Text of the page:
- If Mr Cummings and his wife did not have help with childcare while isolating in Durham, how can it be reasonable to claim that the child would have been placed in a vulnerable position had they remained in London where the circumstances would have been substantially the same?
- It has been reported that Mr Cummings did not know whether he himself had COVID-19 when he made the drive up to Durham. Does this not negate the claim that the journey was necessary due to the vulnerable position his child may be put in should he later get the disease?
- It seems unlikely that Mr Cummings and his family made the trip without making any stops. How can we be certain that Mr Cummings actions did not expose members of the public to the virus, particularly as he was travelling from a region which at the time was the epicentre of the virus in the UK to one where the virus was not so prevalent in the community?
NHS guidance clearly explains how to deal with a situation where one member of a household has COVID-19 in terms of infection control and there are reports that spending time in close proximity to a symptomatic individual, for example a long car journey, would make infection more likely, therefore:
- Did Mr Cummings put himself and his son in a position where catching the virus was more likely, and as such, given that he and his wife were apparently responsible for all childcare whether at home in London, or in Durham, did he not make a choice that increased the likelihood that his child would be in a vulnerable position where both parents, rather than just one, were sick?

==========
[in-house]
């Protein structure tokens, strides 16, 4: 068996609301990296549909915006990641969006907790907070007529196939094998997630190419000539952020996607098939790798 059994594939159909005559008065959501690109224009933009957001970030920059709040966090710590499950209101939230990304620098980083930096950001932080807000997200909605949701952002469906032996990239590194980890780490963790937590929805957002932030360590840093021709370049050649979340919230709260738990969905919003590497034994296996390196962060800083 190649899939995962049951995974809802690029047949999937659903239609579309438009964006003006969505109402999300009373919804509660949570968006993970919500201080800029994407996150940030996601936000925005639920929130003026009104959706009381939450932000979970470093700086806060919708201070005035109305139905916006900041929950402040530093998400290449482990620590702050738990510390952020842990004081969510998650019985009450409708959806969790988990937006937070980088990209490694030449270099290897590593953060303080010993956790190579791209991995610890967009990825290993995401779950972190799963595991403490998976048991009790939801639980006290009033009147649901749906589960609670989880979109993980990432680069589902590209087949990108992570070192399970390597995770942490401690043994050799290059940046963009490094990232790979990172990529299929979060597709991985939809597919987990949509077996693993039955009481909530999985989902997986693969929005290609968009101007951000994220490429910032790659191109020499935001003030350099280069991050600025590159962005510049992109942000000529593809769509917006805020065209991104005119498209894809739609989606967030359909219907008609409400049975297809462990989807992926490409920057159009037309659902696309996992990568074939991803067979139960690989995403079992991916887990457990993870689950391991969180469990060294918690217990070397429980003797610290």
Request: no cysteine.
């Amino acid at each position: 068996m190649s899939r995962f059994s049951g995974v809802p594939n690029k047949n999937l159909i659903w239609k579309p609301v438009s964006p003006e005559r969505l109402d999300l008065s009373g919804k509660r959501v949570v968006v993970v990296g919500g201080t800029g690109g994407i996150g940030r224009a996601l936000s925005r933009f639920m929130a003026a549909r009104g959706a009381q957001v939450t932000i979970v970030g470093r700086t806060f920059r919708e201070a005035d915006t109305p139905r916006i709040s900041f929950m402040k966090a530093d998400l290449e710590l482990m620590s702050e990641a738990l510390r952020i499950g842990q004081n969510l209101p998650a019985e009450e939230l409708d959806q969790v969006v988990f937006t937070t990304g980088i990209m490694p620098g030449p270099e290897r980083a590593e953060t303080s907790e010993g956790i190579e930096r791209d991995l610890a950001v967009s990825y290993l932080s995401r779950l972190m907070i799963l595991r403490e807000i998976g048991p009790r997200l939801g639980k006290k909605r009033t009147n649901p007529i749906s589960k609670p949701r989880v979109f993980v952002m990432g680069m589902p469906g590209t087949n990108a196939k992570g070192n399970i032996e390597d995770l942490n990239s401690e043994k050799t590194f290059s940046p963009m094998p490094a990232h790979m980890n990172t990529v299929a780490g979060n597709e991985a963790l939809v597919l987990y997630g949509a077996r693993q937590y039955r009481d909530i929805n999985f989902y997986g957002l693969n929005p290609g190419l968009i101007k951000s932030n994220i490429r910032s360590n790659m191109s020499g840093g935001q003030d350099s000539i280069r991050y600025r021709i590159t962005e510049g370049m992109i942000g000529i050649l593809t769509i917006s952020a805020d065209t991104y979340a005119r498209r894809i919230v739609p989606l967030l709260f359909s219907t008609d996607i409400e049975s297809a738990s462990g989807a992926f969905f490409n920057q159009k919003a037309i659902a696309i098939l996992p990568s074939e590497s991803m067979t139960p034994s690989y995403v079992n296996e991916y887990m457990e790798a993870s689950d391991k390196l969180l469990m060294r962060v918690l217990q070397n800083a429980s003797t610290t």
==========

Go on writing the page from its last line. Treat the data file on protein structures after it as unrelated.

- With this in mind, how can the Prime Minister make the claim the Mr Cummings acted ‘responsibly’?
With respect to the trip to Barnard Castle, some 30 miles away from the home. It has been claimed that this took place following the 14 day period of isolation, with the implication that this therefore means it was within the rules. At the time of this trip however, which has been reported as taking place over Easter weekend, the government had launched a campaign urging Britons to stay at home and avoid public spaces despite good weather.
- How can Mr Cummings’ trip be in line with lockdown rules given the governments own campaign clearly stated that people should not leave the home, and should stay within the vicinity of their homes to take any allowed exercise?
These are just a few of the questions that are raised by the Prime Minister’s statement today and I hope that in light of the new information we have received since the story initially broke you have taken the time to reflect on whether your support for Mr Cummings’ actions was appropriate.
It is very concerning that the Prime Minister, The Secretary of State for Health and Social Care and the Attorney General have all been prepared to support Dominic Cummings at the expense of undermining the public health message that has been so necessary to begin to bring the spread of the virus back under control. Furthermore, the legal validity of fines under the emergency legislation passed to back up this public health message is also called into question by these statements of support.
I would be grateful if you would seek answers to the questions I have raised and should they not be satisfactory to the constituents of South Cambridgeshire, withdraw your support for Dominic Cummings and publicly join the calls for his resignation.